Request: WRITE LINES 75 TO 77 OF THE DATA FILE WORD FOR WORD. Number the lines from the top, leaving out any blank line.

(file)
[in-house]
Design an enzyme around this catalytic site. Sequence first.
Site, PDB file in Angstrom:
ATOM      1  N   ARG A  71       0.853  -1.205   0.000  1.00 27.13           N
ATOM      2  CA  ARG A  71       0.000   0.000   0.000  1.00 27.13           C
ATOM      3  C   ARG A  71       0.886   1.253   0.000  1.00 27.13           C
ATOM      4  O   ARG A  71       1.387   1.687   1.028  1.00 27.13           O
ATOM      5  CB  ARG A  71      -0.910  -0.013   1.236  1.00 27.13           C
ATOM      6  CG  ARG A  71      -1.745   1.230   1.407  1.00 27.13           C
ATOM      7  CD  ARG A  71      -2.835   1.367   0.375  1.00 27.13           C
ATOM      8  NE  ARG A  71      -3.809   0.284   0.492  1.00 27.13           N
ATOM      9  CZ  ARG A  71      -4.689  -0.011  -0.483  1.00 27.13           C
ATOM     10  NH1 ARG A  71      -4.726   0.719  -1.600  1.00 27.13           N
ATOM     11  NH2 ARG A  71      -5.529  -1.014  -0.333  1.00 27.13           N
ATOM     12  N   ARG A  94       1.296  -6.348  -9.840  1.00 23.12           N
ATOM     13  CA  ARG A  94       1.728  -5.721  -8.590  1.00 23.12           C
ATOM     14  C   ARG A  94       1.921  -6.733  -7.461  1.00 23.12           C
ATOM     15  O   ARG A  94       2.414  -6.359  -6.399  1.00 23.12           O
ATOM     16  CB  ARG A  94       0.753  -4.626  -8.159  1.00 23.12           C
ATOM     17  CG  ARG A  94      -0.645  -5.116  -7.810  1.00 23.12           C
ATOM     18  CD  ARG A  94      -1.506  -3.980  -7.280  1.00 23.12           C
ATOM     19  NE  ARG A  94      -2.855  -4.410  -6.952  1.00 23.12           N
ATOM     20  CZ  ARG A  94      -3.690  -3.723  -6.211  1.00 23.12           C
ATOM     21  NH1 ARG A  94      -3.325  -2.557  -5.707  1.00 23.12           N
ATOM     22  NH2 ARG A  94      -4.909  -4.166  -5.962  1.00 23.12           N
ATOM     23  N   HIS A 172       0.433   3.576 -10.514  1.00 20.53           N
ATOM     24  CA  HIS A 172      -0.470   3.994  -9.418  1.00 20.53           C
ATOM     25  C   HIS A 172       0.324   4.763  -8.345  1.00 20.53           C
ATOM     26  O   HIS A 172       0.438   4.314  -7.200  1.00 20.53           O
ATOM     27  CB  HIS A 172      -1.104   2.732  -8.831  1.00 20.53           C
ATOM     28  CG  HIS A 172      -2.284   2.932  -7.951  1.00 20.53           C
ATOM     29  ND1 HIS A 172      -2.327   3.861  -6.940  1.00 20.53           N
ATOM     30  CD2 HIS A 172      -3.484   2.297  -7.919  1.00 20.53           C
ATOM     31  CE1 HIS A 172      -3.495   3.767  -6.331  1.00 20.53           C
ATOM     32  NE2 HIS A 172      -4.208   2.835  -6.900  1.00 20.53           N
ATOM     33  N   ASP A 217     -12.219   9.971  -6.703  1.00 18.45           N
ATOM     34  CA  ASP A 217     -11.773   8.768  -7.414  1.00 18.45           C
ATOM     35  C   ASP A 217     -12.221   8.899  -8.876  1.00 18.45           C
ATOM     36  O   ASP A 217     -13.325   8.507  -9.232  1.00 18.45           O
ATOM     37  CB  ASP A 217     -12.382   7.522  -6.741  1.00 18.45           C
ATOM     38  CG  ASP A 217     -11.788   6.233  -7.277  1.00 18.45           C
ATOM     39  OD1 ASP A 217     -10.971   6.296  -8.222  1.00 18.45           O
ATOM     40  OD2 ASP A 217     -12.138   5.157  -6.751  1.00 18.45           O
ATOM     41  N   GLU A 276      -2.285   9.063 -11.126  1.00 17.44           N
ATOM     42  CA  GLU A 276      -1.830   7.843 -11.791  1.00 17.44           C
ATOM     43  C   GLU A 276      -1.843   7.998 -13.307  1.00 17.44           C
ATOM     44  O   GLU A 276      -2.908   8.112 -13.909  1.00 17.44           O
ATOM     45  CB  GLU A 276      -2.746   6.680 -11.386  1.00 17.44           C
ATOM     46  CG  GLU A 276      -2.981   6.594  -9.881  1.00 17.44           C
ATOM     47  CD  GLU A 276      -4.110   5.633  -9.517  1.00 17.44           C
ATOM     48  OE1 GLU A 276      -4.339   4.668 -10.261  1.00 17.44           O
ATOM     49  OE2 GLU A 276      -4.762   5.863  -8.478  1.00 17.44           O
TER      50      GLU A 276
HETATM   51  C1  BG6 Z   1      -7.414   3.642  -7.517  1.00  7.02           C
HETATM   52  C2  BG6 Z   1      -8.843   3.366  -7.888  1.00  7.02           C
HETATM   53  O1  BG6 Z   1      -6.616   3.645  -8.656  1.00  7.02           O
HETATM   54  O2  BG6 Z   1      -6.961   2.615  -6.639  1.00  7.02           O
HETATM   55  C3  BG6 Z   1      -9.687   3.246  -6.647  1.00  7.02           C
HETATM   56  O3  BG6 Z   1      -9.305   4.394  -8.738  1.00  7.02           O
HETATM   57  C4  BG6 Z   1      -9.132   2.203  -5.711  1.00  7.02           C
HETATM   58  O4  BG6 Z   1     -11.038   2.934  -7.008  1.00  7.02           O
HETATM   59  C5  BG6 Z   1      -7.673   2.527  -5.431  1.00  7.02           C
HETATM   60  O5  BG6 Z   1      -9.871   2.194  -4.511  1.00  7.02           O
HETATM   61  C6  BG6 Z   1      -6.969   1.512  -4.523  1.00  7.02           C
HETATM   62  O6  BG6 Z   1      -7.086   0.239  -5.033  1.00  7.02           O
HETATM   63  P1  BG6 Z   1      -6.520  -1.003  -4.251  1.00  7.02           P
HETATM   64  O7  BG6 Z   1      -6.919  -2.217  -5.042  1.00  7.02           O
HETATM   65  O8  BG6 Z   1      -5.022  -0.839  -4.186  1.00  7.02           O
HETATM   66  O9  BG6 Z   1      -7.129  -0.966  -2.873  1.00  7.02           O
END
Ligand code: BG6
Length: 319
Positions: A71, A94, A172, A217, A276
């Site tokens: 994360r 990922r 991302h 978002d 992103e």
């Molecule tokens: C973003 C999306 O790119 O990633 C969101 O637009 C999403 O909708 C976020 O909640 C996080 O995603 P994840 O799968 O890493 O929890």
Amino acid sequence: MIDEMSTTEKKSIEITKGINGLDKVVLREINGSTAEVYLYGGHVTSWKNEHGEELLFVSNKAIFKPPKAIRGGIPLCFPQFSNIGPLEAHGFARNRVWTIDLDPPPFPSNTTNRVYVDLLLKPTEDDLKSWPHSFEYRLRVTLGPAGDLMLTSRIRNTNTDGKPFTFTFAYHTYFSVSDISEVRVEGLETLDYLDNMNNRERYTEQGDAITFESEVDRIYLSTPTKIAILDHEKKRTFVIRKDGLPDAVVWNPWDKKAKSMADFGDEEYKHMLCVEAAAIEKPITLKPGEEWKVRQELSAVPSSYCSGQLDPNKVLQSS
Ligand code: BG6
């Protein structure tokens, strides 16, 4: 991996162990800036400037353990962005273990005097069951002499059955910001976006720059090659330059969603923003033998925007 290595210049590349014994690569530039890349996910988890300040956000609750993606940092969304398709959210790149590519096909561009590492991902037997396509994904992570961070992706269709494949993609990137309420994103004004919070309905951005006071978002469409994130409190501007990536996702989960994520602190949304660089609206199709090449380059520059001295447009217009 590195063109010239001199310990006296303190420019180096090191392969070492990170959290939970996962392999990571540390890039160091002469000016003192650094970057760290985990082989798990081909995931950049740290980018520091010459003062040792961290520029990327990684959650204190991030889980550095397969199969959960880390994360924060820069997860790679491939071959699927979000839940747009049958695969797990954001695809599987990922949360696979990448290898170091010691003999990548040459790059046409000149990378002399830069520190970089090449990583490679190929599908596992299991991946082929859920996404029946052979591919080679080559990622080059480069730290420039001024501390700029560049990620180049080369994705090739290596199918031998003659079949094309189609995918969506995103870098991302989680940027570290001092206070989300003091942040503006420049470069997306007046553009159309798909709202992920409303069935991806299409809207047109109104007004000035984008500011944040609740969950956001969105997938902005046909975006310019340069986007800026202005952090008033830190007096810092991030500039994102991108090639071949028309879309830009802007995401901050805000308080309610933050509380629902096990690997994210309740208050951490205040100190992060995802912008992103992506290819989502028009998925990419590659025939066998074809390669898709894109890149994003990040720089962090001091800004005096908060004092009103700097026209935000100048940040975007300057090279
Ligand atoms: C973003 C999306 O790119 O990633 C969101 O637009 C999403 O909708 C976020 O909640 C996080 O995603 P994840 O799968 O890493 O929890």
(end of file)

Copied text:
């Molecule tokens: C973003 C999306 O790119 O990633 C969101 O637009 C999403 O909708 C976020 O909640 C996080 O995603 P994840 O799968 O890493 O929890």
Amino acid sequence: MIDEMSTTEKKSIEITKGINGLDKVVLREINGSTAEVYLYGGHVTSWKNEHGEELLFVSNKAIFKPPKAIRGGIPLCFPQFSNIGPLEAHGFARNRVWTIDLDPPPFPSNTTNRVYVDLLLKPTEDDLKSWPHSFEYRLRVTLGPAGDLMLTSRIRNTNTDGKPFTFTFAYHTYFSVSDISEVRVEGLETLDYLDNMNNRERYTEQGDAITFESEVDRIYLSTPTKIAILDHEKKRTFVIRKDGLPDAVVWNPWDKKAKSMADFGDEEYKHMLCVEAAAIEKPITLKPGEEWKVRQELSAVPSSYCSGQLDPNKVLQSS
Ligand code: BG6